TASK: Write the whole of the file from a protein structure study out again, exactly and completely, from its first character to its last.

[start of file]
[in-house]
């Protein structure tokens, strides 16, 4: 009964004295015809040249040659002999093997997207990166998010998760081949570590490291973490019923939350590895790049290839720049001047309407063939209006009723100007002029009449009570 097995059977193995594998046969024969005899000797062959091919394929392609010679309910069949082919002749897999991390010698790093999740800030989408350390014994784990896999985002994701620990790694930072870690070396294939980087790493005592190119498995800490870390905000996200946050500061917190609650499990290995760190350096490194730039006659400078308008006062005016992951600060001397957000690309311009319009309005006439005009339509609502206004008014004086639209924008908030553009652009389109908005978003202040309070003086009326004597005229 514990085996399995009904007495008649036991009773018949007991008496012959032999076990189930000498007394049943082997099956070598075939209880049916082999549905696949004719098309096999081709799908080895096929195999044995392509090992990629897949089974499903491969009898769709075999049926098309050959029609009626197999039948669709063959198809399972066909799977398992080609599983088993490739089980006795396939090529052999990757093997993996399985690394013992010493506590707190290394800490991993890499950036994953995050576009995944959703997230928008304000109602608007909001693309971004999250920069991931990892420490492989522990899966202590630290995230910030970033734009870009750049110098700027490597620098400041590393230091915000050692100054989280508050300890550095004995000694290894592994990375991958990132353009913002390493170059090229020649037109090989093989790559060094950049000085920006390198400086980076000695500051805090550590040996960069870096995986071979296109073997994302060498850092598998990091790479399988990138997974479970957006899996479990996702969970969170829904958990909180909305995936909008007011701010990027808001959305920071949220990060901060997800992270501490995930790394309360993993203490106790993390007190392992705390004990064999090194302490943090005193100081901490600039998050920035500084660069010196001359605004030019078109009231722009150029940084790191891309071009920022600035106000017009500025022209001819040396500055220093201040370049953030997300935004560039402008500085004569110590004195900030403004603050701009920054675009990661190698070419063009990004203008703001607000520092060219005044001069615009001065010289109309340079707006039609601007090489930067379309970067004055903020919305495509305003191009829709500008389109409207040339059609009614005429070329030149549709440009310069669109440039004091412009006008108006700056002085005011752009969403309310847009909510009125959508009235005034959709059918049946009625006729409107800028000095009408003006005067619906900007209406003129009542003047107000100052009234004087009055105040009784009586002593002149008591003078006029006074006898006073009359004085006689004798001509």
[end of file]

[in-house]
């Protein structure tokens, strides 16, 4: 009964004295015809040249040659002999093997997207990166998010998760081949570590490291973490019923939350590895790049290839720049001047309407063939209006009723100007002029009449009570 097995059977193995594998046969024969005899000797062959091919394929392609010679309910069949082919002749897999991390010698790093999740800030989408350390014994784990896999985002994701620990790694930072870690070396294939980087790493005592190119498995800490870390905000996200946050500061917190609650499990290995760190350096490194730039006659400078308008006062005016992951600060001397957000690309311009319009309005006439005009339509609502206004008014004086639209924008908030553009652009389109908005978003202040309070003086009326004597005229 514990085996399995009904007495008649036991009773018949007991008496012959032999076990189930000498007394049943082997099956070598075939209880049916082999549905696949004719098309096999081709799908080895096929195999044995392509090992990629897949089974499903491969009898769709075999049926098309050959029609009626197999039948669709063959198809399972066909799977398992080609599983088993490739089980006795396939090529052999990757093997993996399985690394013992010493506590707190290394800490991993890499950036994953995050576009995944959703997230928008304000109602608007909001693309971004999250920069991931990892420490492989522990899966202590630290995230910030970033734009870009750049110098700027490597620098400041590393230091915000050692100054989280508050300890550095004995000694290894592994990375991958990132353009913002390493170059090229020649037109090989093989790559060094950049000085920006390198400086980076000695500051805090550590040996960069870096995986071979296109073997994302060498850092598998990091790479399988990138997974479970957006899996479990996702969970969170829904958990909180909305995936909008007011701010990027808001959305920071949220990060901060997800992270501490995930790394309360993993203490106790993390007190392992705390004990064999090194302490943090005193100081901490600039998050920035500084660069010196001359605004030019078109009231722009150029940084790191891309071009920022600035106000017009500025022209001819040396500055220093201040370049953030997300935004560039402008500085004569110590004195900030403004603050701009920054675009990661190698070419063009990004203008703001607000520092060219005044001069615009001065010289109309340079707006039609601007090489930067379309970067004055903020919305495509305003191009829709500008389109409207040339059609009614005429070329030149549709440009310069669109440039004091412009006008108006700056002085005011752009969403309310847009909510009125959508009235005034959709059918049946009625006729409107800028000095009408003006005067619906900007209406003129009542003047107000100052009234004087009055105040009784009586002593002149008591003078006029006074006898006073009359004085006689004798001509």